When to Use PowerPoint Video?

Powerpoint presentations are a popular element in many business meetings, providing presenters with a visual support to their intended message. Done right, slides can lighten up a possibly complex subject and create an emotional reaction that is hard to achieve with words alone.

Video, on the other hand, is conquering digital marketing, providing a powerful tool to attract audience and get through the noisy environment in which we live today. So why not use video in a frontal presentation and achieve the same effect?

In order to answer this questions, you need to distinguish between two distinct uses of presentations (‘PowerPoints’), each offering a different role for video presentation:

  • Frontal Presentation, in front a live audience
  • Presentation sent as part of an email, used to expand a textual message

Video as part of a Frontal Presentation

Once you start a video, your audience attention is completely swept by the media. Your role as a presenter diminishes to an operator of the projector… 

In other words, video may be used as a video insert, highlighting specific point (like a short product demo) – not as a background media supporting the main speech.

Video as a part of an e-Mail

Using video as an attachment to an e-mail is a better use of the concept ‘PowerPoint Video’ as it serves both purposes effectively:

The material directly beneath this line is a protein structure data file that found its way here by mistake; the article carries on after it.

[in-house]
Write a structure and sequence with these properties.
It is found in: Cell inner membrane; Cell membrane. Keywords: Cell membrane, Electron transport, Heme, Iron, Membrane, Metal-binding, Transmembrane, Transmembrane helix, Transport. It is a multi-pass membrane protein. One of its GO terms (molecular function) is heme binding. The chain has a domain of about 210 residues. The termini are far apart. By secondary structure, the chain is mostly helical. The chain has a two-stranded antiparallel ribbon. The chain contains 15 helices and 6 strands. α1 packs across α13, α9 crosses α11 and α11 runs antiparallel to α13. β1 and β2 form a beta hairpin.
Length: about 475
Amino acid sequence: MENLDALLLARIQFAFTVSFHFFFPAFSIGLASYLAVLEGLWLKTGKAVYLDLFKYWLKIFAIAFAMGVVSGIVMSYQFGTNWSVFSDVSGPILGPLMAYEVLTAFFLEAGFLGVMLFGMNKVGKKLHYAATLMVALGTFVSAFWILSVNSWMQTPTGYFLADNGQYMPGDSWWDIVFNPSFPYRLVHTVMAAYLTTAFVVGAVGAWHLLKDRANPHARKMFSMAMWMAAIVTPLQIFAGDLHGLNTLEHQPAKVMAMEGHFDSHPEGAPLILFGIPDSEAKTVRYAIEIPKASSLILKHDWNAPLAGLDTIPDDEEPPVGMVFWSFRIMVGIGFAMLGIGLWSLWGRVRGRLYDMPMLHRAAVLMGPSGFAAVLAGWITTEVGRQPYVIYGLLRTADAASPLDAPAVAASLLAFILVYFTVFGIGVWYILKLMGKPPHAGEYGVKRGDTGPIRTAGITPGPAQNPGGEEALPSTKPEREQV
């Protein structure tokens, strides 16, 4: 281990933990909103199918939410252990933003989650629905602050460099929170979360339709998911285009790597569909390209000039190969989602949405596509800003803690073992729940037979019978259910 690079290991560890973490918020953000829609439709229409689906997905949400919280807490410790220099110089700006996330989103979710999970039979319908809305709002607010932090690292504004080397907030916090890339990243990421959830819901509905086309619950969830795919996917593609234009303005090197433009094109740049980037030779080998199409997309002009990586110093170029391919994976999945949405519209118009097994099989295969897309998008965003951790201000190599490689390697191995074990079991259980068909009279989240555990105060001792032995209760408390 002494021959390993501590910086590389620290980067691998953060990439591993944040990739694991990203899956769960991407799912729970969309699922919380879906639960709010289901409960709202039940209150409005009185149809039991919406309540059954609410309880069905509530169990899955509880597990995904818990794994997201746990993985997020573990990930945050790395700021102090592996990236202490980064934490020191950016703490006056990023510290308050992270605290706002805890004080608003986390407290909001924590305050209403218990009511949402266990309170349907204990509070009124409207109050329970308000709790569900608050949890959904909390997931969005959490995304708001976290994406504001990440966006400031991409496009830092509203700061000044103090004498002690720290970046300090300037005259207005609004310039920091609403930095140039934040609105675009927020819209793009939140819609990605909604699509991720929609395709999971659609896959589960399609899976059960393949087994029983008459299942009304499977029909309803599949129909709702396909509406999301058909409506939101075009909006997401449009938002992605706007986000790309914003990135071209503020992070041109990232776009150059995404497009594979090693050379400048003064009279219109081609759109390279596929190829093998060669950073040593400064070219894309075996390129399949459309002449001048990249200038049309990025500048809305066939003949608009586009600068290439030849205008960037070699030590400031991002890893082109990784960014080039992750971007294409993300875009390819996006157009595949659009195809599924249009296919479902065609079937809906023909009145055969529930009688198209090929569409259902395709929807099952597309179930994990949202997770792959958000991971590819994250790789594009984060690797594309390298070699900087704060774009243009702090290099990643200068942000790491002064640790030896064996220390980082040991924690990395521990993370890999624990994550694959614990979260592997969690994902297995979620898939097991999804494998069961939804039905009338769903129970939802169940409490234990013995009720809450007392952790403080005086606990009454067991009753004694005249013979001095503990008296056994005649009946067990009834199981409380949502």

• Grabs attention
  • Provides an opportunity to demonstrate and clarify a new, possibly confusing concept

There is also a PowerPoint-specific issue that justifies converting to video: PDF, the alternative (never send the source PPT file!) does not present build-ups (gradual display of slide elements), which are great way to simplify understanding of a complex slide. Video allows for proper display of build-ups, plus possible integration of a demo section, showing real-life example of a product or a concept.

Video attachments, however have their own downsides: 

  • Size might be an issue, and in most cases you need to create a streaming version on YouTube, which has its own issues.
  • Depending on your audience, the less patient ones may prefer a PDF which allows quick navigation to a desirable section rather wait for he video to roll or try navigate in a video using trial-and-error.
Bottom line: always try assess the audience attitude to video and act accordingly.